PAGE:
A newtype, that has a constructor, but also a "trusted" way to bypass the constructor

Hi guys,

I'm struggling with this problem.

Say I have a type EmailAddress(String) whose constructor does validation/sanitization before returning a Result<Self, _>. This is great for data going into a database. But once in the database it is trusted. We don't want to use the constructor on the way out of the database, e.g. our validation rules may tighten over time, (making once valid database entries, now invalid).

So we want to trust that the &str or String coming from the database is safe, without allowing anyone to just construct an EmailAddress

How can this be achieved?

Easiest solution is to just have an unsafe constructor that skips validation and call that on the DB retrieval code. You are, after all, just asserting that the DB retrieval is safe, and unsafe is the canonical way to do that.

You could also go through an intermediate type, or put the EmailAddress constructor on String via an extension trait, but these kinds of solutions ultimately depend on the DB retrieval code having private access to something that your EmailAddress-constructing users don't.

The critical question is whether you want library UB for violations, or if you "just" want violating the rules to be a logic error. It sounds, in this case, like you want the latter because you need weird data in the database to be returnable.

At that point, the general answer is just to make an associated function with a big ugly name.

So that'd be something like this:

mod whatever {
    pub struct EmailAddress(String);
    impl EmailAddress {
        fn new(x: String) -> Result<Self, WhateverError> { ... }
        fn new_bypassing_validation(x: String) -> Self { Self(x) }
    }
}

And then you just don't write any unsafe code that depends on the email address being well-formed.

7 Likes

unsafe is meant to relate to memory safety, so I don't think this would be an appropriate use of unsafe in this situation. Per

https://doc.rust-lang.org/std/keyword.unsafe.html

"Code or interfaces whose memory safety cannot be verified by the type system."

1 Like

But memory is a synonym for data. And I really like the unsafe approach, because the data returned from a database is just like data you may get from FFI.

That's not my understanding of what memory safety means, which is things like "use after free", accessing memory that is not defined ( outside the range of memory allocated ), and such-like.

[ I just checked, and both clippy and cargo will issue warnings if you mark a code block as unsafe when it isn't ]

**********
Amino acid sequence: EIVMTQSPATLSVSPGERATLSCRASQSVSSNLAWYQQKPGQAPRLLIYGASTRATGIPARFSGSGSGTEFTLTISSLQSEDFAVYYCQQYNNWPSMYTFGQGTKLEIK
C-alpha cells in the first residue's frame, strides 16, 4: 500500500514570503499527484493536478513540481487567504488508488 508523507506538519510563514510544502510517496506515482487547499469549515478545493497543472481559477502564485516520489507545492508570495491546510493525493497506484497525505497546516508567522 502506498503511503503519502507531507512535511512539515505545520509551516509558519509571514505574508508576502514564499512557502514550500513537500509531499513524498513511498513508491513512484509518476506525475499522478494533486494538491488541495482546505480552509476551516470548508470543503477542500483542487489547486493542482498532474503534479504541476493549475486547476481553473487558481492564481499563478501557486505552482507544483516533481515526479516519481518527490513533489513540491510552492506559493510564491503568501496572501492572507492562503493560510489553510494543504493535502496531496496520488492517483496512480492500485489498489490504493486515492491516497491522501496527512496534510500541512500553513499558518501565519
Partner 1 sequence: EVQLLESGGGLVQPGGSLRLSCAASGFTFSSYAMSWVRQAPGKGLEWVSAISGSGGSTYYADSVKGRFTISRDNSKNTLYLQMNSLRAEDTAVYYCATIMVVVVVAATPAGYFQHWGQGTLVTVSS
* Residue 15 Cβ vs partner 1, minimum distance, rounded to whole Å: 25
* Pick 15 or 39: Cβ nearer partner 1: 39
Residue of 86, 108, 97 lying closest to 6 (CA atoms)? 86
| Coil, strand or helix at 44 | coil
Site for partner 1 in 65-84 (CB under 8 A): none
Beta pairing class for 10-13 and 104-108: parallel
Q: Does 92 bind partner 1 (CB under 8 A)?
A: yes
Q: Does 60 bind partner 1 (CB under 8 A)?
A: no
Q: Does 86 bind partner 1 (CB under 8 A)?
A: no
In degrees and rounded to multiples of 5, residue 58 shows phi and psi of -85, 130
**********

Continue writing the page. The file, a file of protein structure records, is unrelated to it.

I am not saying using unsafe in this way is definitively wrong, I would consider it confusing and un-ideomatic though, just my opinion.

1 Like

It really depends what invariants the library guarantees. Typically, NonZeroU8 does not obviously refers to memory, but because the library docs say it has to be non zero, its new_unchecked method is unsafe. The same goes for str being valid UTF-8 for example.

Regarding the OP issue, it depends whether the "valid email" invariant is used to guarantee soundness afterwards, or exposed to the user with such a guarantee.

My understanding is that the memory safety of the standard library does depend on Strings having valid UTF-8 data. Whereas (I presume) this does not apply regarding the validity of an email address (it's possible it does, if there is unsafe code in use which assumes email addresses are valid, but this seems an unlikely scenario to me ).

Well it really depends what the library doc says. If it says the email is valid for example, I could expect EmailAddress to contain an @, and write some really optimized code:

fn get_domain_name(email: &EmailAddress) -> &str {
 let opt_res = email.as_str().split_once('@');
 unsafe { opt_res.unwrap_unchecked() }.1
}

which would be UB if there is no @.

The key point is that once the promise is made in the documentation, the safety guarantees extend to what consumers of your library do.

2 Likes

Two things here.

  • The general: Please don't use unsafe unless you're actually depending on the invariant for memory safety elsewhere. Despite the standard library being quite strict about this (see how Box::leak isn't unsafe, for example) we still get many people who try the "but how bad could it be?" response when told that they're doing something UB. Any place that needs unsafe for just logical correctness actually weakens Rust's soundness propositions.

  • The specific: the OP specifically mentioned that the rules will tighten over time, so there's no guarantee that what's in the database actually meets the rules, and thus it's particularly inappropriate to say "I promise this is validation-clean" for this data from the DB.


These are both relied upon for memory safety. The only reason Option<NonZeroU8> can have size 1 is because it's immediately unsound to make a NonZeroU8 that holds a zero. And str depends on it for codepoint decoding (like .chars()) -- it can read off the end of a buffer if the last byte has the high bit set, for example, because that can't happen in valid UTF-8 where such a byte always has the correct number of continuation bytes after it.

Here's a quick example of MIRI catching the UB from a non-UTF-8 str: https://play.rust-lang.org/?version=stable&mode=debug&edition=2021&gist=247eec5ee027ebf6a061a63bb46ed7d2

error: Undefined Behavior: entering unreachable code
  --> /playground/.rustup/toolchains/nightly-x86_64-unknown-linux-gnu/lib/rustlib/src/rust/library/core/src/hint.rs:51:14
   |
51 |     unsafe { intrinsics::unreachable() }